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OSHA Releases Vaccination And Testing Mandate For Employers With 100+ Employees

On Thursday, the Occupational Safety and Health Administration (“OSHA”) released an Emergency Temporary Standard (“ETS”) which requires private employers with 100+ employees to mandate the COVID-19 vaccine for their workforces or require unvaccinated employees to undergo weekly testing and wear masks in the workplace. Employees have until December 5, 2021 to comply with most of the ETS’ requirements; however, employers have until January 4, 2022 to comply with the mandatory testing requirements.

With the release of the ETS, some much-anticipated guidance is now available for employers. We break down some of the hottest topics in the below Question and Answer segment:

1.    How do we calculate whether the company has 100+ employees? Is it company-wide or per location?

The ETS generally applies to private employers that have a total of at least 100 or more employees company-wide. Therefore, all locations will be subject to the mandate if the company employs at least 100 employees in total.

2.    Are there any private employers that are not subject to the ETS? 

  • Workplaces covered by the COVID-19 workplace safety protocols for federal contractors and subcontractors are not subject to the new ETS.
  • Workplaces in settings where employees provide healthcare services (or healthcare support services) when subject to the requirements of the Healthcare ETS are not subject to the new ETS.

3.    Are there any employees who are not subject to the ETS?

  • Employees who do not report to a workplace where others are present are not subject to the ETS.
  • Employees who are working from home are not subject to the ETS.
  • Employees who work exclusively outdoors are not subject to the ETS.

4.    What does the ETS require us to do?

Generally, employers must establish a mandatory COVID-19 vaccination policy or an alternative policy that allows employees who are not fully vaccinated to elect to undergo weekly COVID-19 testing. Unvaccinated employees must also wear face coverings at work, with limited exceptions.

5.    Does this mean that we have to require employees to disclose their vaccination status?

Yes! Employers are now required to keep up with the vaccination status of each employee. This requires employers to: (1) obtain acceptable proof of an employee’s vaccination; (2) maintain records of each employee’s vaccination status; and (3) maintain a roster of each employee’s vaccination status.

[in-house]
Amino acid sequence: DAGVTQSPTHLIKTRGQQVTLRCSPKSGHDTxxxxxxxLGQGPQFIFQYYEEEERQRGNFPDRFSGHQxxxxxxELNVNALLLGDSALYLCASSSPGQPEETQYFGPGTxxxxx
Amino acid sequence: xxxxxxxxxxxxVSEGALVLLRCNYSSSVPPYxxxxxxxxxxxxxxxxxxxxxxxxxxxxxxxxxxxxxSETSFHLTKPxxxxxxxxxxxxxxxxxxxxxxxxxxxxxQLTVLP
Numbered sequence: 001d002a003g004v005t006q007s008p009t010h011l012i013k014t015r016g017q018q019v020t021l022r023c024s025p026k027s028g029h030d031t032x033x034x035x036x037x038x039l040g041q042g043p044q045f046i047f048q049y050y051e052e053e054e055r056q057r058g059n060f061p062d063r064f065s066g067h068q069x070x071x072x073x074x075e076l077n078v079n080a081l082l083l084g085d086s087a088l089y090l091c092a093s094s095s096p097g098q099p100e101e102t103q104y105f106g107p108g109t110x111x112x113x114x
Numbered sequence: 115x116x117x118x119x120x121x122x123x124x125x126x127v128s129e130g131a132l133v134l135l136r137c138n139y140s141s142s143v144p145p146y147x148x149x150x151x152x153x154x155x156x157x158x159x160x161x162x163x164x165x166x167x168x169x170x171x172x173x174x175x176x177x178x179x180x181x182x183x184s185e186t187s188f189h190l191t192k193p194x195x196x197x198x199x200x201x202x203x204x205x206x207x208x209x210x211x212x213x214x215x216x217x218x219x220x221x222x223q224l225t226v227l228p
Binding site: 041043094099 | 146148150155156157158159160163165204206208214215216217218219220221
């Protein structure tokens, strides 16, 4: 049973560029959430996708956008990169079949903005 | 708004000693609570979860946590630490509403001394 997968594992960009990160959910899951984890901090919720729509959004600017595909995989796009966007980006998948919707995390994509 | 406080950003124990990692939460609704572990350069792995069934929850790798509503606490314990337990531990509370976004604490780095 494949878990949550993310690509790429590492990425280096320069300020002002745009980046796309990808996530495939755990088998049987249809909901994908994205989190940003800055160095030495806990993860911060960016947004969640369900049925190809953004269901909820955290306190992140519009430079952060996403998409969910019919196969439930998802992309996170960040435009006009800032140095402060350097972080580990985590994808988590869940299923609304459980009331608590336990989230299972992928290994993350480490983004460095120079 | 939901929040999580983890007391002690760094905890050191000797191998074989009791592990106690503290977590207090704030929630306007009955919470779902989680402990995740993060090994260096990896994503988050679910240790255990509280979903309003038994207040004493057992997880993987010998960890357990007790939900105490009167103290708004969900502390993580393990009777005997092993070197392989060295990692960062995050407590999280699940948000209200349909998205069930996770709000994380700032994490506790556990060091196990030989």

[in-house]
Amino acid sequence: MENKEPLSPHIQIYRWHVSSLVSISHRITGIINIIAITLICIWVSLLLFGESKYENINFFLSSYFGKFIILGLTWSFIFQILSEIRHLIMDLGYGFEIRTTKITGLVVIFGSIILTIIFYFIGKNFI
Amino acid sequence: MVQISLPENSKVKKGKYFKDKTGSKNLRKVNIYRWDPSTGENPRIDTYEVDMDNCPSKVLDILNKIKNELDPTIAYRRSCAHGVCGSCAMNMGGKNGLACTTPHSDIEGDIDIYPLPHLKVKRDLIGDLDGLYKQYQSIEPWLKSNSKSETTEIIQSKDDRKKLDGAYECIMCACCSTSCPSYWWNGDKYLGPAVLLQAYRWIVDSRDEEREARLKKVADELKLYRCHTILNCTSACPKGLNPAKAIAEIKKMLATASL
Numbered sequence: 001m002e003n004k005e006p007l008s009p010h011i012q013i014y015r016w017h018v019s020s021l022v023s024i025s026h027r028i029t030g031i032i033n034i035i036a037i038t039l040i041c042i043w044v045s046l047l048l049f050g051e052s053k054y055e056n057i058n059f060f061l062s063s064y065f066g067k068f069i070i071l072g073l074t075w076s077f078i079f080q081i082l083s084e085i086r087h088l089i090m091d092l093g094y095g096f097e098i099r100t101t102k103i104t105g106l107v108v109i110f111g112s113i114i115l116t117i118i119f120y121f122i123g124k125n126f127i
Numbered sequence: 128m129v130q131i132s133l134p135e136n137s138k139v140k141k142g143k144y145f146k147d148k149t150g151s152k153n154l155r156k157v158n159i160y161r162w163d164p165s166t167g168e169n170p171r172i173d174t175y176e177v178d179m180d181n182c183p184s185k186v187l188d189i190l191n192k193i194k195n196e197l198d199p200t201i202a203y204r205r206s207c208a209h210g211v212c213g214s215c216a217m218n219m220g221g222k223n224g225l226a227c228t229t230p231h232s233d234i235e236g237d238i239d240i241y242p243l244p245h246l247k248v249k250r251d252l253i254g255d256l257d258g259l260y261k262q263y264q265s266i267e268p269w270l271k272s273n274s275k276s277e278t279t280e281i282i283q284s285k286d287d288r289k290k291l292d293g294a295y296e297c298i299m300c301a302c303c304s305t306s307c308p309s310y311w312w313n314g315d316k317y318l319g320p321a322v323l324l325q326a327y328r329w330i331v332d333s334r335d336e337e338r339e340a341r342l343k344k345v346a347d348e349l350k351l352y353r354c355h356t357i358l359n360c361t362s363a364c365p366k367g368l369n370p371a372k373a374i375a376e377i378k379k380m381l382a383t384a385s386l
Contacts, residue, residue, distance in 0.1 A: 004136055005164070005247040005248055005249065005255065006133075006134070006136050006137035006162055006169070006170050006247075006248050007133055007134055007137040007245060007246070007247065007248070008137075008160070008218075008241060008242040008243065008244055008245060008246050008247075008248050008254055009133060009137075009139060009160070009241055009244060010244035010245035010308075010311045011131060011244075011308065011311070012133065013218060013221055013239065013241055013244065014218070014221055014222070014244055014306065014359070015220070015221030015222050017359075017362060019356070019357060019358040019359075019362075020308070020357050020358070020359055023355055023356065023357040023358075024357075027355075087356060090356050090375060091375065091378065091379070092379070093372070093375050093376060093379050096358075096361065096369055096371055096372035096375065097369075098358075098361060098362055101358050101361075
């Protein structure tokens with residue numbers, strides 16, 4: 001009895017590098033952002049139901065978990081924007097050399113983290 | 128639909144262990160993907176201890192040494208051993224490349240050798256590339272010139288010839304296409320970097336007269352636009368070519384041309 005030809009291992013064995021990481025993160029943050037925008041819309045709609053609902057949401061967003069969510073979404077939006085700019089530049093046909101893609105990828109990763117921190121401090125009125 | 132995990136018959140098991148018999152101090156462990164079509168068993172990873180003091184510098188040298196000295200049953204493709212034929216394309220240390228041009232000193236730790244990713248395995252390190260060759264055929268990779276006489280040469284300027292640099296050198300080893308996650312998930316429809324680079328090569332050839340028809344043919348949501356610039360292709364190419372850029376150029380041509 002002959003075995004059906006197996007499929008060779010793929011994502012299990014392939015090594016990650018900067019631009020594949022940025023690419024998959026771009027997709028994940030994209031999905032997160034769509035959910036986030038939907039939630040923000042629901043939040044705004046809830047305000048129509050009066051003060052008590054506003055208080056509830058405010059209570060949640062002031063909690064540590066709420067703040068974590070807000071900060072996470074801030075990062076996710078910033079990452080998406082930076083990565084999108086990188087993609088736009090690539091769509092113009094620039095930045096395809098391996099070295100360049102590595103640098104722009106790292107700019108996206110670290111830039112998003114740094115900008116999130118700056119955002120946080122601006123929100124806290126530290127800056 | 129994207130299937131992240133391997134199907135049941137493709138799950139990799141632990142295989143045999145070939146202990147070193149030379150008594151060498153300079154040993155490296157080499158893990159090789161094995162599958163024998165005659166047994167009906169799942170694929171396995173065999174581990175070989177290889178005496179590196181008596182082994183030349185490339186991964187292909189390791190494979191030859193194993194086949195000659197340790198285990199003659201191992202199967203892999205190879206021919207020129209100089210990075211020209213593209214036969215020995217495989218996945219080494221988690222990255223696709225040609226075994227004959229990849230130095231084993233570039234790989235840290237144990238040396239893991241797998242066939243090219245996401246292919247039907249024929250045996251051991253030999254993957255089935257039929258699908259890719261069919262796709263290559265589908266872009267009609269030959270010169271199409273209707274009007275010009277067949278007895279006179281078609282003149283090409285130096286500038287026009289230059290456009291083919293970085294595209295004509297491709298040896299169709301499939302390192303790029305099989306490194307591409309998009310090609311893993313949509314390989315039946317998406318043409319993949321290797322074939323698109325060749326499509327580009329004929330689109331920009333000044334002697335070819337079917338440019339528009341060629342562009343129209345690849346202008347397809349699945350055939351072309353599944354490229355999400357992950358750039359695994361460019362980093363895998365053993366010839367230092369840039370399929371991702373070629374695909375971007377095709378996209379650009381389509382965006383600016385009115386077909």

Please note that employees’ vaccine information is still considered to be confidential medical information under the Americans with Disabilities Act (“ADA”). Therefore, vaccine information must be kept confidential and maintained separately from regular personnel files.

6.    How does the COVID-19 testing for unvaccinated employees work?

If an employer decides to allow employees to opt out of receiving the COVID-19 vaccine, the employer must ensure that each unvaccinated employee is tested for COVID-19 at least weekly (if the employee is physically in the workplace at least once a week). If an employee is away from the workplace for one week or longer, the employee must undergo COVID-19 testing within seven (7) days before returning to work.

The ETS sets the following standard regarding the types of COVID-19 tests that are acceptable: (1) the test must be authorized by the U.S. Food and Drug Administration (“FDA”) to detect current infection; (2) the test must be administered in accordance with authorized instructions; and (3) the test must not be both self-administered and self-read unless observed by the employer or an authorized telehealth proctor. Examples of acceptable tests include tests with specimens that are processed by a laboratory, proctored over-the-counter tests, point of care tests, and tests where specimen collection and processing is either done or observed by the employer. Antibody tests are not permissible under the ETS.

Importantly, employers can require employees to pay for their own COVID-19 test each week (unless the employer is otherwise required to pay for testing by some other law or collective bargaining agreement). However, employers should be mindful of whether they are requiring COVID-19 testing in a way that renders the employee’s time to be compensable under the Fair Labor Standards Act (“FLSA”). We are anticipating additional guidance from the Department of Labor (“DOL”) regarding the compensability of testing time.

Finally, employers are required to maintain a record of each test result that is required to be provided by each unvaccinated employee pursuant to the ETS. Similar to vaccine information, COVID-19 test information must be kept confidential.

7.    What if an employee tests positive for COVID-19?